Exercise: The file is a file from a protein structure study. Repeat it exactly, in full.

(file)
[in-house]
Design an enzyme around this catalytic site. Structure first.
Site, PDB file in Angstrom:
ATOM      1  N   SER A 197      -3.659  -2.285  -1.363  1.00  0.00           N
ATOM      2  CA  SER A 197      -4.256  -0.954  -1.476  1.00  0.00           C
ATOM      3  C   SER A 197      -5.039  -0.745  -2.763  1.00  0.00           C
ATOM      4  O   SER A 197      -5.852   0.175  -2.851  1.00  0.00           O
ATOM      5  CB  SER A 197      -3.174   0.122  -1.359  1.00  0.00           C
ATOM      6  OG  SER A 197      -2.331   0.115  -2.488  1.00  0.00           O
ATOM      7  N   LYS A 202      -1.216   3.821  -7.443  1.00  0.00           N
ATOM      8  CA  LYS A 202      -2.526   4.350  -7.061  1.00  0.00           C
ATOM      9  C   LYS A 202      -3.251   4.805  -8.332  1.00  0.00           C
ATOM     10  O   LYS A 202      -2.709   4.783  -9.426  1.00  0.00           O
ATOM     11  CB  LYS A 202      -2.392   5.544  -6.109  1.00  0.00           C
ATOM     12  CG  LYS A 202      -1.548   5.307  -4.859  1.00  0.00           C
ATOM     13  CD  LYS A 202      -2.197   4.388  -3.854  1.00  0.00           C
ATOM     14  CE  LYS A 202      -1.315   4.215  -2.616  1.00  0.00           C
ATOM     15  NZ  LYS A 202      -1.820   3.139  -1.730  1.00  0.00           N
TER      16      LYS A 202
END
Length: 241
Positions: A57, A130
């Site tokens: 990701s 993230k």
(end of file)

[in-house]
Design an enzyme around this catalytic site. Structure first.
Site, PDB file in Angstrom:
ATOM      1  N   SER A 197      -3.659  -2.285  -1.363  1.00  0.00           N
ATOM      2  CA  SER A 197      -4.256  -0.954  -1.476  1.00  0.00           C
ATOM      3  C   SER A 197      -5.039  -0.745  -2.763  1.00  0.00           C
ATOM      4  O   SER A 197      -5.852   0.175  -2.851  1.00  0.00           O
ATOM      5  CB  SER A 197      -3.174   0.122  -1.359  1.00  0.00           C
ATOM      6  OG  SER A 197      -2.331   0.115  -2.488  1.00  0.00           O
ATOM      7  N   LYS A 202      -1.216   3.821  -7.443  1.00  0.00           N
ATOM      8  CA  LYS A 202      -2.526   4.350  -7.061  1.00  0.00           C
ATOM      9  C   LYS A 202      -3.251   4.805  -8.332  1.00  0.00           C
ATOM     10  O   LYS A 202      -2.709   4.783  -9.426  1.00  0.00           O
ATOM     11  CB  LYS A 202      -2.392   5.544  -6.109  1.00  0.00           C
ATOM     12  CG  LYS A 202      -1.548   5.307  -4.859  1.00  0.00           C
ATOM     13  CD  LYS A 202      -2.197   4.388  -3.854  1.00  0.00           C
ATOM     14  CE  LYS A 202      -1.315   4.215  -2.616  1.00  0.00           C
ATOM     15  NZ  LYS A 202      -1.820   3.139  -1.730  1.00  0.00           N
TER      16      LYS A 202
END
Length: 241
Positions: A57, A130
């Site tokens: 990701s 993230k």